Gregory Sancoff is a serial entrepreneur with a 30-year career under his belt.
The 2016 Holloway Entrepreneur of the Year has held executive management titles in all the companies he has founded, including president/CEO and chairman of the board of directors of Sancoff Precision, his first business, followed by Block Medical, River Medical, IVAC Corporation, Onus Medical and, most recently, Portsmouth-based Juliet Marine Systems.
Sancoff, who lives in Hampton, New Hampshire, is dedicated to developing high technology products primarily for the marine and healthcare industries and has been granted 42 patents. In healthcare, his products include the first home healthcare electronic pump that could be monitored remotely, the first small intravenous bag pump that does not require electric power, a needleless suturing technology, a minimally invasive round stable and the first handheld ear thermometer.
Sancoff’s recent work involves the development of multiple new technologies that have been incorporated into GHOST, a high-speed prototype vessel. Conceived in response to the deadly suicide attack on the USS Cole, GHOST has been designed to use speed, range and stability to prevent loss of life. It offers a number of firsts: a reconfigurable hull, a pulling instead of pushing propulsion, a new method of control called stereo steering and a new technology that surrounds a marine hull with a blanket of gas to reduce friction factor by nine.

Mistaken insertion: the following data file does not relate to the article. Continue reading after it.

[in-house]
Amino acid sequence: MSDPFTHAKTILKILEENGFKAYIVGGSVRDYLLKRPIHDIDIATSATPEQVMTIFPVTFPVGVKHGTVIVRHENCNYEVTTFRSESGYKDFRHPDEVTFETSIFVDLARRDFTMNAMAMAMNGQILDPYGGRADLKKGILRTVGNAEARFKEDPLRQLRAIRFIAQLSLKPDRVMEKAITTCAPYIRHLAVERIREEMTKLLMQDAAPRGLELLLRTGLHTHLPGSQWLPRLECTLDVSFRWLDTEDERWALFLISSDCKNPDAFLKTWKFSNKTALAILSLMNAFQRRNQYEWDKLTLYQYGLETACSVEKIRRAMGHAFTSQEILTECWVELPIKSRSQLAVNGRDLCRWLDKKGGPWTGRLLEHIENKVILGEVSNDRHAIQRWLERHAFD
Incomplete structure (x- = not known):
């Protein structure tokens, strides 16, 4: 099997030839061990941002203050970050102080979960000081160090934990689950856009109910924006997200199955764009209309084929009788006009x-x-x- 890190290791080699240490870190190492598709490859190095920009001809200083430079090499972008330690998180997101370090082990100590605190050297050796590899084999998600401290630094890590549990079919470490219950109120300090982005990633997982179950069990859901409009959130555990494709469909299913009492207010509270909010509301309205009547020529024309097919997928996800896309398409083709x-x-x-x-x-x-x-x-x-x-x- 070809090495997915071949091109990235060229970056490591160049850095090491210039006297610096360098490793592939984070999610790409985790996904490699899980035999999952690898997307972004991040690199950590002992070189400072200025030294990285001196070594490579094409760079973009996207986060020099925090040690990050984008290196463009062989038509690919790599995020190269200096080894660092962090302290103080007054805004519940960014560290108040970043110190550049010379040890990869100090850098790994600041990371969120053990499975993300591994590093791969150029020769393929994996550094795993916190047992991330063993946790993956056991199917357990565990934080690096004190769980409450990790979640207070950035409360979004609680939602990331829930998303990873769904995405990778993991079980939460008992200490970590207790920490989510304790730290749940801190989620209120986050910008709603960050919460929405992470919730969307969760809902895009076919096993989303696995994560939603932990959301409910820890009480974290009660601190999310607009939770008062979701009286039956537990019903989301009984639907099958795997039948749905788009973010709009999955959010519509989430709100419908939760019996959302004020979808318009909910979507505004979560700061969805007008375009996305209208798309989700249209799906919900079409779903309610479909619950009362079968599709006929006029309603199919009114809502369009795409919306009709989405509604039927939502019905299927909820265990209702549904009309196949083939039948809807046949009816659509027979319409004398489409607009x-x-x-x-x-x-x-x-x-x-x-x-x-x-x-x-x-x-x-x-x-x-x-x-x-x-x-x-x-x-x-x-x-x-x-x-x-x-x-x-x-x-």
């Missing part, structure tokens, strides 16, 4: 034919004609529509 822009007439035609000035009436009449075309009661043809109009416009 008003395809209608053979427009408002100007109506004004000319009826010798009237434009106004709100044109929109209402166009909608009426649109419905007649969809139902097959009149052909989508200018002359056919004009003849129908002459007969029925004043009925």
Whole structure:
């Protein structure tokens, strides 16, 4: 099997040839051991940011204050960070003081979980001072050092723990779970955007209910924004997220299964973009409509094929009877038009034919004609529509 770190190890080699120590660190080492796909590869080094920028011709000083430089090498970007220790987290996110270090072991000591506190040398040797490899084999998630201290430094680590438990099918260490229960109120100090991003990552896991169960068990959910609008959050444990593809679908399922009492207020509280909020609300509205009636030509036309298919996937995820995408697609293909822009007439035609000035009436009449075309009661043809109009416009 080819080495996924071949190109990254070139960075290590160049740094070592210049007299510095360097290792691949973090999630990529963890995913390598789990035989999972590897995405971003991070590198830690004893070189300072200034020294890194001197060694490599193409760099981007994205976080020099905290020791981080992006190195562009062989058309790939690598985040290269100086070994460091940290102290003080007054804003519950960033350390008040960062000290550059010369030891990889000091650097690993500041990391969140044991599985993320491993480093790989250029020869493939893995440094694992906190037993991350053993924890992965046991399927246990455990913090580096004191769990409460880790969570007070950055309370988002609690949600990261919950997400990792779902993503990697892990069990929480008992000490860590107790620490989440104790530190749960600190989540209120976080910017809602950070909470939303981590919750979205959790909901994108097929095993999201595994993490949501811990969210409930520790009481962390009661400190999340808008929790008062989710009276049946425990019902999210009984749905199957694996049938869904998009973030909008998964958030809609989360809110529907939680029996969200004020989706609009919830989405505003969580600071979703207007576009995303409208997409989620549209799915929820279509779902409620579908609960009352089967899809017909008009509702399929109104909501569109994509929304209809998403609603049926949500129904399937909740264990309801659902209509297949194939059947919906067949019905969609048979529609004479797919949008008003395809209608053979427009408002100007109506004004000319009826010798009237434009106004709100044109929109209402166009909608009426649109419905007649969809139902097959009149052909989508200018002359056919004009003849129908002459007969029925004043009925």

Sancoff talked with UNH Today about what inspires him and helps him be successful.
UNH Today: How did you know you wanted to be an entrepreneur?
Sancoff: My dad always told his five children that we all should try to have our own business and control our destiny.
UNH Today: What was the first thing you ever designed, invented or built?
Sancoff: The first invention I ever designed and built, when I was 18-years old, was an automobile carburetor that vaporized the fuel, allowing for better ignition and fuel economy.
UNH Today: Are the skills needed to be an entrepreneur innate or can they be taught? Or both?
Sancoff: Some of the skills needed can be taught, but the internal drive and desire to be successful is part of a person’s personality. The attitude that I will never give up or fail is the strongest personality trait to be an entrepreneur — and also the ability to hire senior staff with the same attitudes.
UNH Today: What inspires you to innovate?
Sancoff: I am inspired by science more than business. I love discovery, making my life useful and helping to improve the world.
UNH Today: How do you overcome the challenges in getting your ideas to market?
Sancoff: Good ideas are a dime a dozen! It’s the team that makes it all work. Understanding the challenges is key, whether in marketing or fundraising or the technology in the product. I believe that every aspect of introducing new products or services is a challenge. Understanding the challenge is what investors are looking for.
UNH Today: What advice would you give alumni who aspire to be entrepreneurs?
Sancoff: Before you try to start a business, I would suggest extreme due diligence in the technology and market you are looking to work in. You find yourself spending years struggling in marketing, fundraising and technology perfection!